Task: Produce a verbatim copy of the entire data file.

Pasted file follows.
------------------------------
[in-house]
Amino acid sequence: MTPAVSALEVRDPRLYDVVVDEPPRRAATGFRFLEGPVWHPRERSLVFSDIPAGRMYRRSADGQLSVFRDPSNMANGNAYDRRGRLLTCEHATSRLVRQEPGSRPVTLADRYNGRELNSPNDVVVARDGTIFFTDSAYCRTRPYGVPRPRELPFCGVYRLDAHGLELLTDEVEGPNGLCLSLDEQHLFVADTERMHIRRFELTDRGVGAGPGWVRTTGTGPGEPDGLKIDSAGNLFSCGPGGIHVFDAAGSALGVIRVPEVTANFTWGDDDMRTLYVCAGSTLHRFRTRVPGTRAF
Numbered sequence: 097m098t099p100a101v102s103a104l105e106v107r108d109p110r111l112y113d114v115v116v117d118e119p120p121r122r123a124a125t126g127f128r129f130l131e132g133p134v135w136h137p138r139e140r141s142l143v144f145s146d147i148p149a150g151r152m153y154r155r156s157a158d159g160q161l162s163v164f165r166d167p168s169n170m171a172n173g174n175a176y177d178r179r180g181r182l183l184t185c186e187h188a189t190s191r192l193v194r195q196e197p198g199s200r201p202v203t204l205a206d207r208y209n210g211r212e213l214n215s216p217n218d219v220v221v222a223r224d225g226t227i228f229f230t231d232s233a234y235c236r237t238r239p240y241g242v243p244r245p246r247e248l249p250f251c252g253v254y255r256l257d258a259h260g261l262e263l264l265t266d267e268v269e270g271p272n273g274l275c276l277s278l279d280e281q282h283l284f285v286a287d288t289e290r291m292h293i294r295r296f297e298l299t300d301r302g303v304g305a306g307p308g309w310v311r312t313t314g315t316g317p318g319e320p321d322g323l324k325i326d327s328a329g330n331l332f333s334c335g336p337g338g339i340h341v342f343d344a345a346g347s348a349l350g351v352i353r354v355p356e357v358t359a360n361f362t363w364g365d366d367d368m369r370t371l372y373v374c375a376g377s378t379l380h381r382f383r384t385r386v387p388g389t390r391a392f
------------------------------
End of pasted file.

[in-house]
Amino acid sequence: MTPAVSALEVRDPRLYDVVVDEPPRRAATGFRFLEGPVWHPRERSLVFSDIPAGRMYRRSADGQLSVFRDPSNMANGNAYDRRGRLLTCEHATSRLVRQEPGSRPVTLADRYNGRELNSPNDVVVARDGTIFFTDSAYCRTRPYGVPRPRELPFCGVYRLDAHGLELLTDEVEGPNGLCLSLDEQHLFVADTERMHIRRFELTDRGVGAGPGWVRTTGTGPGEPDGLKIDSAGNLFSCGPGGIHVFDAAGSALGVIRVPEVTANFTWGDDDMRTLYVCAGSTLHRFRTRVPGTRAF
Numbered sequence: 097m098t099p100a101v102s103a104l105e106v107r108d109p110r111l112y113d114v115v116v117d118e119p120p121r122r123a124a125t126g127f128r129f130l131e132g133p134v135w136h137p138r139e140r141s142l143v144f145s146d147i148p149a150g151r152m153y154r155r156s157a158d159g160q161l162s163v164f165r166d167p168s169n170m171a172n173g174n175a176y177d178r179r180g181r182l183l184t185c186e187h188a189t190s191r192l193v194r195q196e197p198g199s200r201p202v203t204l205a206d207r208y209n210g211r212e213l214n215s216p217n218d219v220v221v222a223r224d225g226t227i228f229f230t231d232s233a234y235c236r237t238r239p240y241g242v243p244r245p246r247e248l249p250f251c252g253v254y255r256l257d258a259h260g261l262e263l264l265t266d267e268v269e270g271p272n273g274l275c276l277s278l279d280e281q282h283l284f285v286a287d288t289e290r291m292h293i294r295r296f297e298l299t300d301r302g303v304g305a306g307p308g309w310v311r312t313t314g315t316g317p318g319e320p321d322g323l324k325i326d327s328a329g330n331l332f333s334c335g336p337g338g339i340h341v342f343d344a345a346g347s348a349l350g351v352i353r354v355p356e357v358t359a360n361f362t363w364g365d366d367d368m369r370t371l372y373v374c375a376g377s378t379l380h381r382f383r384t385r386v387p388g389t390r391a392f